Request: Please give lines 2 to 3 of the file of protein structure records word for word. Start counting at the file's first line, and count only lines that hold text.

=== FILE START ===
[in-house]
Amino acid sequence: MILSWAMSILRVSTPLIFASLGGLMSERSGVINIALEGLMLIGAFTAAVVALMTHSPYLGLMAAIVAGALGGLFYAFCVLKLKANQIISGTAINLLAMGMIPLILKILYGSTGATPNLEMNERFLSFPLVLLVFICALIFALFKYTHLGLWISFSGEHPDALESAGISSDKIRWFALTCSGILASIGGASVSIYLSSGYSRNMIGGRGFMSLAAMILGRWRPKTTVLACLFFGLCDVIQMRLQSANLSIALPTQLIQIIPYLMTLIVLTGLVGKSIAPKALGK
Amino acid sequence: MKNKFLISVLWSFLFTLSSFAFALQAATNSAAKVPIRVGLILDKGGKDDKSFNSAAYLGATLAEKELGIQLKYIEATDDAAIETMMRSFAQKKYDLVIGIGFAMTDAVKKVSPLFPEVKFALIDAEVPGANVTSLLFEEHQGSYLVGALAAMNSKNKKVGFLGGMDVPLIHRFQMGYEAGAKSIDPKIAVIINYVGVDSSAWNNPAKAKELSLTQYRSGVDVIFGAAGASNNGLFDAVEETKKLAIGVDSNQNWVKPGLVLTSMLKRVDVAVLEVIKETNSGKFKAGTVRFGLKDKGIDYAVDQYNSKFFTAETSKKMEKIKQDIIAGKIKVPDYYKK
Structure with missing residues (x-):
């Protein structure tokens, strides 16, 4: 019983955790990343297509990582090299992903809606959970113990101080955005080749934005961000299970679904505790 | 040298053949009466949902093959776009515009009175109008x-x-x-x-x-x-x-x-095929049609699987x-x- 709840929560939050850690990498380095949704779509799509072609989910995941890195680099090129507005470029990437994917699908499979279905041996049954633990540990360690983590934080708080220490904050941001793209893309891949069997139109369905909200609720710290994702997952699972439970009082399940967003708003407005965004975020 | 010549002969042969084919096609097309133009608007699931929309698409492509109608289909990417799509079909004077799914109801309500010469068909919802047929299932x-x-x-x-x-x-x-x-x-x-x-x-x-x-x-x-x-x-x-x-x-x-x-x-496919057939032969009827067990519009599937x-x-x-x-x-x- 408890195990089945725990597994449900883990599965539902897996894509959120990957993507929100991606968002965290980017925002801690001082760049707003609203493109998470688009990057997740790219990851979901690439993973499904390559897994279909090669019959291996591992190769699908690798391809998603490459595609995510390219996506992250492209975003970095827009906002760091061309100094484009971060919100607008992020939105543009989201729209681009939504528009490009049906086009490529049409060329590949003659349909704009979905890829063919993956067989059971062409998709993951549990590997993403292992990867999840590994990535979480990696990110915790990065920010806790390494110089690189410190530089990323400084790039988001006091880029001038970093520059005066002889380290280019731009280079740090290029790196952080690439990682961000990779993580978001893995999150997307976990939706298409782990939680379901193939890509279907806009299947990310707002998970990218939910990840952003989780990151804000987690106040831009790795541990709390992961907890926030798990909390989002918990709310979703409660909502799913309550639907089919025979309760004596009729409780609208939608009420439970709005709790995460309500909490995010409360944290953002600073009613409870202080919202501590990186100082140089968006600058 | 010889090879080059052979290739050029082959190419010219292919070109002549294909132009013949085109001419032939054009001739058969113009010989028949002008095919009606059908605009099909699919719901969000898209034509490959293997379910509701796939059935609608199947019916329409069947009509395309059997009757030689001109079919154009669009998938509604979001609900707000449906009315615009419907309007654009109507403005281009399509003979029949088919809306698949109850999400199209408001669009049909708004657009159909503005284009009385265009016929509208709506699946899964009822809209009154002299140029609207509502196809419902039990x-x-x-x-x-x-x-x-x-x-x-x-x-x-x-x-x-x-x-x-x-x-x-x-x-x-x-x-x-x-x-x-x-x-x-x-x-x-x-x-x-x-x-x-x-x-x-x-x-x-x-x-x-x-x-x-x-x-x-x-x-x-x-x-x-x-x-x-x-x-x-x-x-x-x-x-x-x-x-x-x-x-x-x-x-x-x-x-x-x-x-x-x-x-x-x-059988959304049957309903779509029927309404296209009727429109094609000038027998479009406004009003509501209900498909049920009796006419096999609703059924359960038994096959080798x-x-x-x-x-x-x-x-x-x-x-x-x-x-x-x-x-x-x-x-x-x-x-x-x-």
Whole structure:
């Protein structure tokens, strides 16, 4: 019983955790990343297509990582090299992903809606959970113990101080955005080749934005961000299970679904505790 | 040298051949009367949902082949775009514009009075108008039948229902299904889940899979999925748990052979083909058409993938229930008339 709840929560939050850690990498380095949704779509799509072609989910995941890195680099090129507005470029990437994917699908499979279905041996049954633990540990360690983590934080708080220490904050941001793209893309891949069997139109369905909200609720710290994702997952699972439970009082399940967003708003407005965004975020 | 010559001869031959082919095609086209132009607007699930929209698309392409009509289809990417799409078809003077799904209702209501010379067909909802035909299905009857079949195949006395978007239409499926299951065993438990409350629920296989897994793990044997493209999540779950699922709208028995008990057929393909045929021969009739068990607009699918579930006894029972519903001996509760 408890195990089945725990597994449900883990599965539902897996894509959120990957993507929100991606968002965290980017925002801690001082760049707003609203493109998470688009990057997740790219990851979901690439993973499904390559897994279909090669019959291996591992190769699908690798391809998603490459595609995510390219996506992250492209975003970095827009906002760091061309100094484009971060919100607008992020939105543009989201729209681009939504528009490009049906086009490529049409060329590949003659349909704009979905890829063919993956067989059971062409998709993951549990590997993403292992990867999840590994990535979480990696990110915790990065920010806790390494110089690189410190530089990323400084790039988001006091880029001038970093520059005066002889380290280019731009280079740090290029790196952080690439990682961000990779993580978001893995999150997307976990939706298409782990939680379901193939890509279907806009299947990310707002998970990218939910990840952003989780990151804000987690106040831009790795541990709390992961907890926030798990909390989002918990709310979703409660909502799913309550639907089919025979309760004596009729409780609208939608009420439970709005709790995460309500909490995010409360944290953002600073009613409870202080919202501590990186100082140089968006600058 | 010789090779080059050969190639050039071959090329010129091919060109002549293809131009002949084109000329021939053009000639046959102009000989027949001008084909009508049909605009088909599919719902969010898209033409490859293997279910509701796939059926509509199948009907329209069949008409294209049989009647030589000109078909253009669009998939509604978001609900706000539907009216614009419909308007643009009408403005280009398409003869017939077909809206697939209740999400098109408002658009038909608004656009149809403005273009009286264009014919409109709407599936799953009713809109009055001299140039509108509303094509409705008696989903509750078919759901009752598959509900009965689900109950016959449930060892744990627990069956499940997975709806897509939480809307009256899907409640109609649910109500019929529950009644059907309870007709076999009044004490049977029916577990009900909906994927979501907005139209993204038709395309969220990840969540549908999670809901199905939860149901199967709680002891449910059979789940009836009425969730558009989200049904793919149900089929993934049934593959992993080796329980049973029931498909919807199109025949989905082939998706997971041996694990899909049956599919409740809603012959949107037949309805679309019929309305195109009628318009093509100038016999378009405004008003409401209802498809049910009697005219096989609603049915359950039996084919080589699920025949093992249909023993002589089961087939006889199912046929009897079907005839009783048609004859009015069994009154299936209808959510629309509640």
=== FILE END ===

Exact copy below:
Amino acid sequence: MILSWAMSILRVSTPLIFASLGGLMSERSGVINIALEGLMLIGAFTAAVVALMTHSPYLGLMAAIVAGALGGLFYAFCVLKLKANQIISGTAINLLAMGMIPLILKILYGSTGATPNLEMNERFLSFPLVLLVFICALIFALFKYTHLGLWISFSGEHPDALESAGISSDKIRWFALTCSGILASIGGASVSIYLSSGYSRNMIGGRGFMSLAAMILGRWRPKTTVLACLFFGLCDVIQMRLQSANLSIALPTQLIQIIPYLMTLIVLTGLVGKSIAPKALGK
Amino acid sequence: MKNKFLISVLWSFLFTLSSFAFALQAATNSAAKVPIRVGLILDKGGKDDKSFNSAAYLGATLAEKELGIQLKYIEATDDAAIETMMRSFAQKKYDLVIGIGFAMTDAVKKVSPLFPEVKFALIDAEVPGANVTSLLFEEHQGSYLVGALAAMNSKNKKVGFLGGMDVPLIHRFQMGYEAGAKSIDPKIAVIINYVGVDSSAWNNPAKAKELSLTQYRSGVDVIFGAAGASNNGLFDAVEETKKLAIGVDSNQNWVKPGLVLTSMLKRVDVAVLEVIKETNSGKFKAGTVRFGLKDKGIDYAVDQYNSKFFTAETSKKMEKIKQDIIAGKIKVPDYYKK